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Why Asthma Is More Common in Women Than Men?

Like many other chronic diseases, women have a greater chance than men to have asthma, which may be due to the influence of sex hormones on lung cells. Thanks to the team of researchers led by Dr. Dawn Newcomb of Vanderbilt University, who revealed the significant role of testosterone for this gender difference.

Previous studies have revealed that prior to the puberty stage, boys have 1.5 times higher asthma rate than girls. However, the situation becomes reversed after adolescence, when women are twice as likely as men to develop asthma. Again, after menopause, the asthma rates begin to decline in women. Even though there are many other general factors behind asthma symptoms, this unique pattern of asthma linked to the menstrual cycle led the scientists to investigate the role of sex hormones behind this trend.

To carefully analyze the mechanisms behind the gender differences, Dr. Newcomb and her colleagues concentrated their study on a specific type of white blood cells in lungs, known as Group 2 innate lymphoid cells (ILC2 cells). When an allergen enters the lungs, these ILC2 cells produce proteins that result in mucus production and inflammation in the lungs, causing heavy breathing problems. Analysis of blood samples of individuals with and without asthma was carried out and the findings of the research team published in the Cell Reports journal revealed that people with asthma had higher levels of ILC2 cells than those without asthma.  Moreover, women with asthma had almost twice the levels of ILC2 cells than men with the asthmatic condition.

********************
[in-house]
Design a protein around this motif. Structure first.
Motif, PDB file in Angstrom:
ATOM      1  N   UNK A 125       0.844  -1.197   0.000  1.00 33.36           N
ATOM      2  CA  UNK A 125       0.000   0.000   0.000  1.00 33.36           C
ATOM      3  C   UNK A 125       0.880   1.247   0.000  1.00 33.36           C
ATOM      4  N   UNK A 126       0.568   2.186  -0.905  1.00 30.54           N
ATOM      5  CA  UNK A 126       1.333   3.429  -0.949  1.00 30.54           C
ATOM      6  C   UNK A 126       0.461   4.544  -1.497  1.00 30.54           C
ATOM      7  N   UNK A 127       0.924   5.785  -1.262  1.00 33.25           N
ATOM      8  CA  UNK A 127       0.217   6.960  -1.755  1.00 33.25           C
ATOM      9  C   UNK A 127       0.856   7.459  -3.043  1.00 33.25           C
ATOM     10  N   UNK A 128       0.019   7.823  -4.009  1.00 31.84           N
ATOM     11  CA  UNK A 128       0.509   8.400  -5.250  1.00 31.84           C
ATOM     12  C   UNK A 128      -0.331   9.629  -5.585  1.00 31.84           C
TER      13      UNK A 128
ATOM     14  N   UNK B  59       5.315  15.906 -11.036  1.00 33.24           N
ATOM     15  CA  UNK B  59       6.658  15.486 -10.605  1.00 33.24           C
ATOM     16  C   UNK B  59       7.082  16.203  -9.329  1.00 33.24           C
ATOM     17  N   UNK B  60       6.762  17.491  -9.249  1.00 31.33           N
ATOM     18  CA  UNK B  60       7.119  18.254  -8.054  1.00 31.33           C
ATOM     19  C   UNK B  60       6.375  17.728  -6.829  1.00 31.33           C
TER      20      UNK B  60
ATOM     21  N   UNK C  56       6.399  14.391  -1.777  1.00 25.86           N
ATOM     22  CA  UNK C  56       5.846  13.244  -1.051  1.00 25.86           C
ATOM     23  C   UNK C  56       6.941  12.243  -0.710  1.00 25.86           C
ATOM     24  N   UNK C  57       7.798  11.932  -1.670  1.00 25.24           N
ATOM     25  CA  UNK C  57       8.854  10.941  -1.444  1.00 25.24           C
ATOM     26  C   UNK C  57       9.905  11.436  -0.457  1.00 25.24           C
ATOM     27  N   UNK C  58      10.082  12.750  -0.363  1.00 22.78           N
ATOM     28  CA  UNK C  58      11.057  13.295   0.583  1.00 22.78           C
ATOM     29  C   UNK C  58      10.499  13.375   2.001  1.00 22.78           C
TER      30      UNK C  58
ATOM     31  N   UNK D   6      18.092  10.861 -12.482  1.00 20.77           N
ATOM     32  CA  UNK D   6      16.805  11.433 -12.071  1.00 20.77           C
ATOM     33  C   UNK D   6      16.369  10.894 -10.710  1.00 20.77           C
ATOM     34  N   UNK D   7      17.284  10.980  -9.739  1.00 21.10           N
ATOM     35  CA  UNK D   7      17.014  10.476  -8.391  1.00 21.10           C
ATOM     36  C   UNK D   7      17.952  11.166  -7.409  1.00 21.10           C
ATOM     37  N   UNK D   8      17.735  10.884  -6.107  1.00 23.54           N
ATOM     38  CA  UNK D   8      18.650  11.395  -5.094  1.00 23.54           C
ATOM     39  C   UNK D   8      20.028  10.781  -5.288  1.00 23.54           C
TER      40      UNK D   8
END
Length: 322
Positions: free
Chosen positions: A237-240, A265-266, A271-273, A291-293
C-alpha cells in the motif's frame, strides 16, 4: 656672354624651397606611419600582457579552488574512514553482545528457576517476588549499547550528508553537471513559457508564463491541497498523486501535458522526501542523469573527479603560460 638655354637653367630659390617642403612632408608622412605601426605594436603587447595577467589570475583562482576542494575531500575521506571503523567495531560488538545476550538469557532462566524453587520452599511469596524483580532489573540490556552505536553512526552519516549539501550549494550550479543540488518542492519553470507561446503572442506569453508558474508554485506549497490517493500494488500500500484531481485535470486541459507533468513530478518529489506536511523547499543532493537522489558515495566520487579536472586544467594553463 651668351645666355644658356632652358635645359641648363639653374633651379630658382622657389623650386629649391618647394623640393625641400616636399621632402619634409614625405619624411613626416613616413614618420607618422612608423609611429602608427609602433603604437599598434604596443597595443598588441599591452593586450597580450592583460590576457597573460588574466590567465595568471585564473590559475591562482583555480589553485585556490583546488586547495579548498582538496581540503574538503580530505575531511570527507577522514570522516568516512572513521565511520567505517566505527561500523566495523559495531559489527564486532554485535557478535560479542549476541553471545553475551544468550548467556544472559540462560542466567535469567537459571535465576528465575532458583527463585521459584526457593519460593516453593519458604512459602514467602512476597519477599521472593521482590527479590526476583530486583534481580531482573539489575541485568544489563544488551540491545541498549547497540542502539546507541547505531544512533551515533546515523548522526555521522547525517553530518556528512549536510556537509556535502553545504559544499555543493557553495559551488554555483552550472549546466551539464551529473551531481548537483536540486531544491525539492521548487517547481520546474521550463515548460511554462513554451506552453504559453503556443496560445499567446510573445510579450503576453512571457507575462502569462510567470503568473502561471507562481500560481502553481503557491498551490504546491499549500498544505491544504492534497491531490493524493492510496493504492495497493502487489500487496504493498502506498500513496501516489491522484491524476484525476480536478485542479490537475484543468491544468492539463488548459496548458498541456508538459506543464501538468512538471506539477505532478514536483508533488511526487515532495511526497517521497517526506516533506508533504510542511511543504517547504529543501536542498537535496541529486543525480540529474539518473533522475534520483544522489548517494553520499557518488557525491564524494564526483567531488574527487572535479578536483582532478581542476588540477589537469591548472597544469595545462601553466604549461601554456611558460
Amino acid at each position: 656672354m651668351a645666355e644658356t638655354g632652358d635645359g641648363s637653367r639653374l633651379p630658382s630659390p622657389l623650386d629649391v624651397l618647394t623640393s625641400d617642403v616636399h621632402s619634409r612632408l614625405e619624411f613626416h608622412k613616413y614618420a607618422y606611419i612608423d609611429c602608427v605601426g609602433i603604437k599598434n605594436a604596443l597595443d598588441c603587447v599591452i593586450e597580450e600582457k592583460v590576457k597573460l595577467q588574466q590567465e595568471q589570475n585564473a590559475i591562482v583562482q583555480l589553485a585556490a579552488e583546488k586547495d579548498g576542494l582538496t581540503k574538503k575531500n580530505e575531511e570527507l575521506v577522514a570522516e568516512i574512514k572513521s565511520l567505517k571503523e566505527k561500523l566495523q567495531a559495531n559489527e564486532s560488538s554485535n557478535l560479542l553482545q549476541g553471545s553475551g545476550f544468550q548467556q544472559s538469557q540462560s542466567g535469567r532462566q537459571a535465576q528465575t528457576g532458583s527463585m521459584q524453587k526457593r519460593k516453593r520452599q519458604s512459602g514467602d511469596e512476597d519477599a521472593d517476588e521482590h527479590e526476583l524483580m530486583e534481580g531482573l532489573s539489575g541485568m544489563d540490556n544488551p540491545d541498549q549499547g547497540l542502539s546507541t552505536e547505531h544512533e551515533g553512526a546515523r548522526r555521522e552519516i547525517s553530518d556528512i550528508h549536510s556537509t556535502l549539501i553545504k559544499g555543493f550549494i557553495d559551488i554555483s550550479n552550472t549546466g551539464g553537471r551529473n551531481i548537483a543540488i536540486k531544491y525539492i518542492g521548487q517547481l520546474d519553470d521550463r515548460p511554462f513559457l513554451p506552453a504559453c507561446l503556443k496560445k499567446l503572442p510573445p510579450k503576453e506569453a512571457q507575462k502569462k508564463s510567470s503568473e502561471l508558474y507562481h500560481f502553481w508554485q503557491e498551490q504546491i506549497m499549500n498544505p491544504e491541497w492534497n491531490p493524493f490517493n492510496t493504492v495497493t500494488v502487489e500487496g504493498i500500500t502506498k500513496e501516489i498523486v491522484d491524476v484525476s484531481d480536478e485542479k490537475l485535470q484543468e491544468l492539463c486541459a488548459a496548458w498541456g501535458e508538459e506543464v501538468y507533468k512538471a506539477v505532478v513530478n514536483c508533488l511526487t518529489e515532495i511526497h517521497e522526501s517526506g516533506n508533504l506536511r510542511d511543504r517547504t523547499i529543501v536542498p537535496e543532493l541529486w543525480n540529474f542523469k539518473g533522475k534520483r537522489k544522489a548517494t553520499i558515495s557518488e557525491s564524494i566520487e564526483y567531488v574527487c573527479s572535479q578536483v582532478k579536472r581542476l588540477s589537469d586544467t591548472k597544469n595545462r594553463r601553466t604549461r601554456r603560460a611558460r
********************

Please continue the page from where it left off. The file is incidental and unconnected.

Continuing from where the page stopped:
The team carried out similar studies focusing on the ILC2 cells in the lungs of mice, where they found that the adult female mice had more ILC2 cells in their lungs than males. They carried out several experiments on these mouse cells to analyze the impact of hormones on ILC2 cells. They compared between mice which have sex hormones present in their bodies and those with their reproductive organs removed. It was observed that those mice without testosterone had more ILC2 expansion compared to those that had testosterone.

The researchers noted that the addition of ovarian hormones like estrogen and progesterone to ILC2 cells did not increase the protein production capacity of the cells. However, they found that testosterone was most important in preventing cell expansion and reducing protein production from ILC2 cells in lungs.

Sex hormones are just one of the many important mechanisms that influence asthma. This research by Dr. Newcomb and her colleagues was focused on Testosterone and the researchers are hopeful to conduct more studies to explore the impact of more sex hormones on asthma, which will provide new targets for medicine and will also influence the development of future clinical trials for asthma.


Newcomb et al. Testosterone attenuates group 2 innate lymphoid cell-mediated airway inflammation. Cell Reports 2017;21(9):2487-2499. DOI: 10.1016/j.celrep.2017.10.110